Nearly one of every five working-age adults in Washington state lacks health insurance, a record rate for this decade and a number that's...
Nearly one of every five working-age adults in Washington state lacks health insurance, a record rate for this decade and a number that’s unlikely to fall without comprehensive changes in health care, according to estimates released Monday by the Washington state Office of the Insurance Commissioner.
Some 876,000 residents are or will be uninsured this year, an increase of 150,000 people from 2008, Commissioner Mike Kreidler said.
The 2009 estimates include people who are projected to be disenrolled from the Washington Basic Health Plan by year end.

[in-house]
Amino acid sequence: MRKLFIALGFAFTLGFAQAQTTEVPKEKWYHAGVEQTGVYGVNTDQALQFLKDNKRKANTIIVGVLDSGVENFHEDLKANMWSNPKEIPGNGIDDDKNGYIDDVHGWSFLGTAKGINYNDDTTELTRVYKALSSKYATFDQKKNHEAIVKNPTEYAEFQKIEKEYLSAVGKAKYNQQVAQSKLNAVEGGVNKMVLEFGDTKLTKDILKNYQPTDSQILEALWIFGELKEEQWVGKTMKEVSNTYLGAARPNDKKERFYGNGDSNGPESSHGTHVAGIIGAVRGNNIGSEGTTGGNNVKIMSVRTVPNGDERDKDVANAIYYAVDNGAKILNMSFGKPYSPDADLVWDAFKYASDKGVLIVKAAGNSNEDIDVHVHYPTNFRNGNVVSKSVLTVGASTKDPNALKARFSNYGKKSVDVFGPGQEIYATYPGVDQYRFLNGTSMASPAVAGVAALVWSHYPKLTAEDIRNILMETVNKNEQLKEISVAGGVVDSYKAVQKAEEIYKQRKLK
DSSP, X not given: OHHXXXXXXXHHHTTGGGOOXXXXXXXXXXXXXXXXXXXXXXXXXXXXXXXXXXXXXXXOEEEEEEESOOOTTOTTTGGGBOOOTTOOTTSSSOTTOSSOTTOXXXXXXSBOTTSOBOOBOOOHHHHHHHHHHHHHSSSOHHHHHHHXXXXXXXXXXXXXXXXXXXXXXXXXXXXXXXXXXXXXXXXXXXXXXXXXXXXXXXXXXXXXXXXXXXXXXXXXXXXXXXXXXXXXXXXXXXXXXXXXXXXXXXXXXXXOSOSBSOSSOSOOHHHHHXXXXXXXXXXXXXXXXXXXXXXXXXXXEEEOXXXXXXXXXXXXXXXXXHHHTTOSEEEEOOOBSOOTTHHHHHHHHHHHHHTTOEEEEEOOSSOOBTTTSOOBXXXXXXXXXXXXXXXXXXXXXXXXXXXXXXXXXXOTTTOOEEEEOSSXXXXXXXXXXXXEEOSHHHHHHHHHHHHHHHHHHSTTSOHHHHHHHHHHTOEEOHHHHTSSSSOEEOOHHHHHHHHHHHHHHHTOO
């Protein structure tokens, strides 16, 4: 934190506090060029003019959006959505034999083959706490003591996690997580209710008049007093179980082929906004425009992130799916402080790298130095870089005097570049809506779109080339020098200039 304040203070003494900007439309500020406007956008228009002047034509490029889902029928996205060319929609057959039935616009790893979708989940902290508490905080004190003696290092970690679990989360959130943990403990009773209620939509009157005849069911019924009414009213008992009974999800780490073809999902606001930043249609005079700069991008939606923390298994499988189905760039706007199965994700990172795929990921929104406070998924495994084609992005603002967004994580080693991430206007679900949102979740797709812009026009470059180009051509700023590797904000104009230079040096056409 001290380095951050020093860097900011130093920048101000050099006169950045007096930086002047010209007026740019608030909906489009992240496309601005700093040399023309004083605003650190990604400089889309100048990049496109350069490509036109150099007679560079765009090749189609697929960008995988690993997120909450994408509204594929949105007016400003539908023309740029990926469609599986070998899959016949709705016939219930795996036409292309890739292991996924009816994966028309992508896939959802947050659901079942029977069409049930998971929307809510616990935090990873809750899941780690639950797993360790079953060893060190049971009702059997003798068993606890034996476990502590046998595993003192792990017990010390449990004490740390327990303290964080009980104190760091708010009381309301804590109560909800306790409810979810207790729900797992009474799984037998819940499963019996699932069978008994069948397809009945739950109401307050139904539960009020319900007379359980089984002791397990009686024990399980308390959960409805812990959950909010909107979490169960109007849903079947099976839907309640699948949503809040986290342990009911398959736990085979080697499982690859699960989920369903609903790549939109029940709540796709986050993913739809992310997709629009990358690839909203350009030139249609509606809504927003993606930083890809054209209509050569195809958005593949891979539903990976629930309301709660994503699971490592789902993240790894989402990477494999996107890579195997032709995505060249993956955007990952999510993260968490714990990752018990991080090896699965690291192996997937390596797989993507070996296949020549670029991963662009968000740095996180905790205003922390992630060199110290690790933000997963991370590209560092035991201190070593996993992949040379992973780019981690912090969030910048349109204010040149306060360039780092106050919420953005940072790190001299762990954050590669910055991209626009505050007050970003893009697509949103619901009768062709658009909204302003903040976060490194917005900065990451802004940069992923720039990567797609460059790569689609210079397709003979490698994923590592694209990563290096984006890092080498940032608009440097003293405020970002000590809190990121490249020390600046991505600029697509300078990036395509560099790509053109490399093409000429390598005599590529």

For 2009, the overall uninsured rate was projected to be about 13 percent. But the rate was more than 18 percent among adults ages 19 and 64 — reflecting a continuing decline in employer-provided coverage, employment rates and rising cost of individual insurance.
- UW tops new list of best western universities
- Microsoft co-founder says he found sunken Japan WWII warship
- Seahawks courting a pair of cornerbacks as free agency looms
- Moneytree leads push to loosen state's payday-lending law
- Seattle's micro-housing boom offers an affordable alternative
Most Read Stories
Kreidler called the number of uninsured people “staggering” and called the problem “much broader than a moral issue. It’s an economic issue.”
— Kyung M. Song, staff reporter